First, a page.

• List 3: Prohibited occupations apply to skilled or semi-skilled foreigners unless they are working for an employer. Apart from agriculture, this largely covers traditional crafts
  • List 4: Exceptions according to treaties with other nations

There are also restrictions on the number of foreigners who can be employed in relation to the number of Thais on the workforce.

Recruitment is the first stage of making your company operational and competitive in Thailand. These restrictions complicate moving staff into the country – in addition to the complexities of obtaining work permits and visas. To avoid these issues, it is vital to know where to locate the finest talent in Thailand to be the perfect fit for your company’s global expansion plans. Don’t wait … contact Bradford Jacobs for the solutions.

Legal Checks on Employees in Thailand

Scope: Thai law does not specifically authorize or prohibit pre-hire checks. Under the Personal Data Protection Act (PDPA, 2019), which came into force in June 2021, employers are legally required to obtain a candidate’s written permission to collect any personal information. The law applies also to a third-party agency if the employer uses one to collect the information; employer and agency must have a data processing agreement in place that complies with the PDPA. An applicant’s refusal to agree to a specific background check cannot be given as a reason not to enter into an employment contract.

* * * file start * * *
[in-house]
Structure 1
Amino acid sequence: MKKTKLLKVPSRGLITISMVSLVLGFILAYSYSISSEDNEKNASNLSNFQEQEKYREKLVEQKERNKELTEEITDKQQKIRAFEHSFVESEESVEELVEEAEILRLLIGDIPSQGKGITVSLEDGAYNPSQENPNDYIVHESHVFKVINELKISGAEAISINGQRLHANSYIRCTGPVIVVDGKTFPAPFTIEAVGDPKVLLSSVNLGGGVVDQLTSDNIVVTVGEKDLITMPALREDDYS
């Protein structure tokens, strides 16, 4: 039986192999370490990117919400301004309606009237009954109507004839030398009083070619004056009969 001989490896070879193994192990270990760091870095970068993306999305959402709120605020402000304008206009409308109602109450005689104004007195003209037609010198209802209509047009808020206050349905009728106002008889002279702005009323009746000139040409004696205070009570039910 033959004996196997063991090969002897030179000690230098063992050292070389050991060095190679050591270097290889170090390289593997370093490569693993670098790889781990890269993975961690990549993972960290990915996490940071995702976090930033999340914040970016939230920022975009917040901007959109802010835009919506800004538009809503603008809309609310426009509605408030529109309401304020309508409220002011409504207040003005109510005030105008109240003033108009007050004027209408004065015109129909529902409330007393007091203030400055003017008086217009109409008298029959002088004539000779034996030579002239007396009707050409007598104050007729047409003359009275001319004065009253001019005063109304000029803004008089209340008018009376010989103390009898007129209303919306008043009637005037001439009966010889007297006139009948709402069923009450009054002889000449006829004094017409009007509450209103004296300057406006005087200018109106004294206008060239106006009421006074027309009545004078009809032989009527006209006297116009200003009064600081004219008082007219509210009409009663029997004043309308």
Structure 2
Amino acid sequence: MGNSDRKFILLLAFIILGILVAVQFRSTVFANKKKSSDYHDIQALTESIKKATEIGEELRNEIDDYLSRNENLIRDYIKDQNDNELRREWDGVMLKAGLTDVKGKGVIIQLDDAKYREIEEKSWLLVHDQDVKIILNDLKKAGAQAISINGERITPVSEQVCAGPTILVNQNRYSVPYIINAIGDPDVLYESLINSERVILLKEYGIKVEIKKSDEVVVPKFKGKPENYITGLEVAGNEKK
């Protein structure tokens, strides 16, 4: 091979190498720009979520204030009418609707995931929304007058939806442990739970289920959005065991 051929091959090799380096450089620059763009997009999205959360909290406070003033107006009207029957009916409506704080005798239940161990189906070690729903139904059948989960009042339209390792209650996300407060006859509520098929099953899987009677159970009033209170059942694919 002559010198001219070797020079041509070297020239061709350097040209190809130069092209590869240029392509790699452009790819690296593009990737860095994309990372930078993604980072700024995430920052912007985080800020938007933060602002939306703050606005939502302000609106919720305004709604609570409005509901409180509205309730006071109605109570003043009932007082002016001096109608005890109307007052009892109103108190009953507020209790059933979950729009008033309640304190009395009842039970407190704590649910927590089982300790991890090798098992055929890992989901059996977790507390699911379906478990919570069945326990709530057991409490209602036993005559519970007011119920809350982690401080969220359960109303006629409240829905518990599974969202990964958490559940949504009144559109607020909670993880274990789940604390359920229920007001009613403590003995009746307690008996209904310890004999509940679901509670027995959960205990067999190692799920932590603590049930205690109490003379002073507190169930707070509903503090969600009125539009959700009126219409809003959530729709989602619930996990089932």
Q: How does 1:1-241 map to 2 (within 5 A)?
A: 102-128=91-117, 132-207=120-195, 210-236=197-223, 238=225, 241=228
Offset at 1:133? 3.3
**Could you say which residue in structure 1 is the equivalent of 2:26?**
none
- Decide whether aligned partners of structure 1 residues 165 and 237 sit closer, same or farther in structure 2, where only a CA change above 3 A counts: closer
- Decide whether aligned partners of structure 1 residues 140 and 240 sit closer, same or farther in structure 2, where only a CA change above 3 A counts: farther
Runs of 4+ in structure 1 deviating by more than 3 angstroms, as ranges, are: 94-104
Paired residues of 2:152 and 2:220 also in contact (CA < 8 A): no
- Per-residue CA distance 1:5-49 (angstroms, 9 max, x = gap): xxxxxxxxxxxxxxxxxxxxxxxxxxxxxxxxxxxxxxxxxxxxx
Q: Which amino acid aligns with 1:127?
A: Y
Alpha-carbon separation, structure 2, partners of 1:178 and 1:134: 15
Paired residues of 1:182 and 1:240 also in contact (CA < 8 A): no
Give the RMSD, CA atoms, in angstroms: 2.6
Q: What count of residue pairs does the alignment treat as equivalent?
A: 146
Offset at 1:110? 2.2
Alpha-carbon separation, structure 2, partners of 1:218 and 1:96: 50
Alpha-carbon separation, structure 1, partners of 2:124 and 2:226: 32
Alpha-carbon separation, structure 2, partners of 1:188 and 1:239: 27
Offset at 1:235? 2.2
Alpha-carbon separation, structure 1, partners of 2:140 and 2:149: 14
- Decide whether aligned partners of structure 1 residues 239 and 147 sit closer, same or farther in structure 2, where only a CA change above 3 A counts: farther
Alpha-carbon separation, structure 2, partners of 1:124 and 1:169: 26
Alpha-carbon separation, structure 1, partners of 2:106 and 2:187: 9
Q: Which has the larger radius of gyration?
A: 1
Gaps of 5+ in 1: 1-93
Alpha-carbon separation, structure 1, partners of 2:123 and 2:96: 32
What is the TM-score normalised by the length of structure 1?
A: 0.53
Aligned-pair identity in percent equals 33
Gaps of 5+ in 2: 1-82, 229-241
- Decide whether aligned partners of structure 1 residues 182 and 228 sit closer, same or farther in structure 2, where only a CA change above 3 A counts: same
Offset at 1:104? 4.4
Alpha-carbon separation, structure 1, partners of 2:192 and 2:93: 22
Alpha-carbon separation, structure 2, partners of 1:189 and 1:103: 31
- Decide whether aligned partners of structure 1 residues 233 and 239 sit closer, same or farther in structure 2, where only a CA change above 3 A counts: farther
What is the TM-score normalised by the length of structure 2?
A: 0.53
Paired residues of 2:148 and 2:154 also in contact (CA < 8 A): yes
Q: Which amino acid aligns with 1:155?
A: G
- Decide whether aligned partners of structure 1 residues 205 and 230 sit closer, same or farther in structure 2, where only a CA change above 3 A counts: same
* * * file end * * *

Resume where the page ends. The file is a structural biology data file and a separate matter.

Criminal Records: These can be carried out with the applicant’s permission but are often dispensed with unless the role involves working with children or in finance. Such checks can be protracted if they involve several provincial jurisdictions.

Medical History or Examinations: As medical history comes under ‘personal information’ it can be requested only if relevant to the role, or for employee insurance reasons.

Educational Qualifications and References: Can be checked by employers with permission.

Credit History: Under the Credit Information Business Act, assessing an applicant for employment is not a justified reason for acquiring credit information. Employers are allowed to ask the applicant’s permission for such information.